Artillery and gunfire echoed through the mountains of northern Iraq on Monday during continued clashes between invading Turkish troops and Kurdish rebels, with Turkey saying that 153 guerrillas had been killed in four days.
Iraqi Interior Minister Jawad Bolani suggested that the United States should do more to stop the fighting, which has left villagers stranded by bombed-out bridges.
“They are the greatest force on the ground. They have certain obligations,” Bolani said Monday of the U.S. military, which has neither intervened in nor commented on the Turkish incursion. “They could do more.”
The conflict between Turkey and the Kurdistan Workers Party, or PKK, has put American officials in an uncomfortable position. Turkey is a NATO ally, and the U.S. government considers the PKK to be a terrorist organization. The rebels are seeking a separate Kurdish state.
The White House has confirmed that it knew in advance of Turkey’s latest military operation, which began Thursday night. American officials have said Turkey has the right to defend itself against the PKK, which has bases in northern Iraq.
But the U.S. also has an allegiance to Iraq’s government, which has protested the Turkish incursion.
“Iraq has requested that the Turkish troops go back to Turkey and respect Iraq’s sovereignty,” Bolani said at a meeting with foreign journalists.
In Washington, Nabi Sensoy, Turkey’s ambassador to the U.S., said in an interview that he could not say how long the military operation would last but promised it would be “limited in size, scope and duration.”
“This is only targeted at the PKK,” he said. “We have no other agenda.”
Sensoy said that Turkish media reports that 10,000 troops were involved in the operation were “greatly exaggerated,” but he would not say how large a force was taking part.
Turkey said 15 of its soldiers had been killed so far. However, PKK spokesman Ahmed Denis said the Turkish death toll was far higher.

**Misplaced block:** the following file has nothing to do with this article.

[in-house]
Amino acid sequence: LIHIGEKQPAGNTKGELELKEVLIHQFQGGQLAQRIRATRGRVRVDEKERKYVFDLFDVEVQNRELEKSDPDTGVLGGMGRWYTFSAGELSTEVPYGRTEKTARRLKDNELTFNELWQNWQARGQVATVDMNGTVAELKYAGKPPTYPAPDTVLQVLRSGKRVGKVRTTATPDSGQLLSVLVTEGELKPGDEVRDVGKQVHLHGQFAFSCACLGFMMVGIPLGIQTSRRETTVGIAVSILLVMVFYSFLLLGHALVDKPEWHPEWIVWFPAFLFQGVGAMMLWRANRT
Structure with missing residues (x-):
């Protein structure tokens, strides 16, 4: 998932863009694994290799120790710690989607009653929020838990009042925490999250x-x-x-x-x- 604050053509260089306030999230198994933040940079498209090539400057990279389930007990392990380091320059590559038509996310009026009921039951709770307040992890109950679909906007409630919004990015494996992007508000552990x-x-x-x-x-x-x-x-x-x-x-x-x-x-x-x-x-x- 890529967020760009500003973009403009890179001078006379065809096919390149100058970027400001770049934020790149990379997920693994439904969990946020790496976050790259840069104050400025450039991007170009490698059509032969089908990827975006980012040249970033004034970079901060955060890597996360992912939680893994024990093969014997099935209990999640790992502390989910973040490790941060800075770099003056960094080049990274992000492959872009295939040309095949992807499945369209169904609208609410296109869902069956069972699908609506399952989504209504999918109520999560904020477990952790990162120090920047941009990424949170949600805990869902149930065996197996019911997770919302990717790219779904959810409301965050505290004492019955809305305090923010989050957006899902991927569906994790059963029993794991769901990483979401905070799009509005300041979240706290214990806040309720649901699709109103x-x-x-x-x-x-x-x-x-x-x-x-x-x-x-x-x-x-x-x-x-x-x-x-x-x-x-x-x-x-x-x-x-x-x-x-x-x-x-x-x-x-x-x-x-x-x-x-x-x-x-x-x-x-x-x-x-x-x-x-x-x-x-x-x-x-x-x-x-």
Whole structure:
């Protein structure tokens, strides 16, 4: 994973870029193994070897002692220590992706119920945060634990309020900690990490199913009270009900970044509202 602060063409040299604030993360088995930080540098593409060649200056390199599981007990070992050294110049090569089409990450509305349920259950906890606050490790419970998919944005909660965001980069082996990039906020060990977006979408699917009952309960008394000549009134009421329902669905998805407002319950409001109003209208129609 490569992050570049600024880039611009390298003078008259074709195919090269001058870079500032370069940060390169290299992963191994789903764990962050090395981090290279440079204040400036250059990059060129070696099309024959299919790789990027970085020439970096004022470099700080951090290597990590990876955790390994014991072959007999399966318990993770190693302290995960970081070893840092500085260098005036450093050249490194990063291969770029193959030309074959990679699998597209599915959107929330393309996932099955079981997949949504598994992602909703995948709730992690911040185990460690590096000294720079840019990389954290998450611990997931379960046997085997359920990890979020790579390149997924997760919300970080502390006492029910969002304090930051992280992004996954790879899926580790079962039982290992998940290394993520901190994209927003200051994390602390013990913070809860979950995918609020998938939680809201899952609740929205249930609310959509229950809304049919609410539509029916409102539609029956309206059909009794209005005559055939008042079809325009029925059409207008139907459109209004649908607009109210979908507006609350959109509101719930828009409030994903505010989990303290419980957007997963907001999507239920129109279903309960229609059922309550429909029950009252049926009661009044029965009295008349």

There was no way to independently confirm the number of casualties on either side, but the frustration and anger of locals in the rugged region was clear.
“Why are the Turks doing this, in our land, our country?” said Aska Shazeen, who said she was unable to reach her home in the village of Rashya because the bridge she had to cross was destroyed. “Who is responsible?” she cried.
At a cafe in Shiladezah, about 20 miles south of the Turkish border in Iraq’s Dahuk province, Nijrvan Khalil expressed the sentiments of many locals as he vowed to fight the Turks if the clashes caused any civilian casualties or targeted regions outside of PKK areas of operation.
“I’ll be the first to take up arms against them,” he said of the Turks.
Most Iraqi Kurds sympathize with the demands of Turkey’s minority Kurds for their own homeland.
“They are Kurds like us,” said Khalifa Qadir, another customer in the cafe, where a TV was showing news coverage of some Kurds in Turkey demonstrating for independence.
“This is a nation that won’t vanish easily,” said Qadir. “Their demands should be answered.”
The latest fighting has raised concerns that the peshmerga, the fighting forces of Iraq’s semiautonomous Kurdistan regional government, could become entangled in the clashes if the Turks are seen as violating their vow to hit only the PKK.
An official with the Kurdistan regional government, Mohammed Muhsin, said the local administration did not want to become part of the conflict but that there was a line over which Turkey must not cross.
“From our side, we have a red line: when our safe villages and the citizens are being attacked by the Turkish army,” he said. “We will strike with all that we’ve got, and the people will participate with the peshmerga.”
At the site of a bridge that once connected people from dozens of villages in the Amadiya district, about 15 miles from the Turkish border, the sounds of gunfire and artillery shells were clear. Jets flew over without opening fire, but a peshmerga soldier quickly ushered visiting journalists from the area.
“We must get back,” he said. “It is possible the area will be bombarded.”
Special correspondent Ahmed reported from Shiladezah and Times staff writer Susman from Baghdad. Staff writers Julian E. Barnes and Paul Richter in Washington contributed to this report.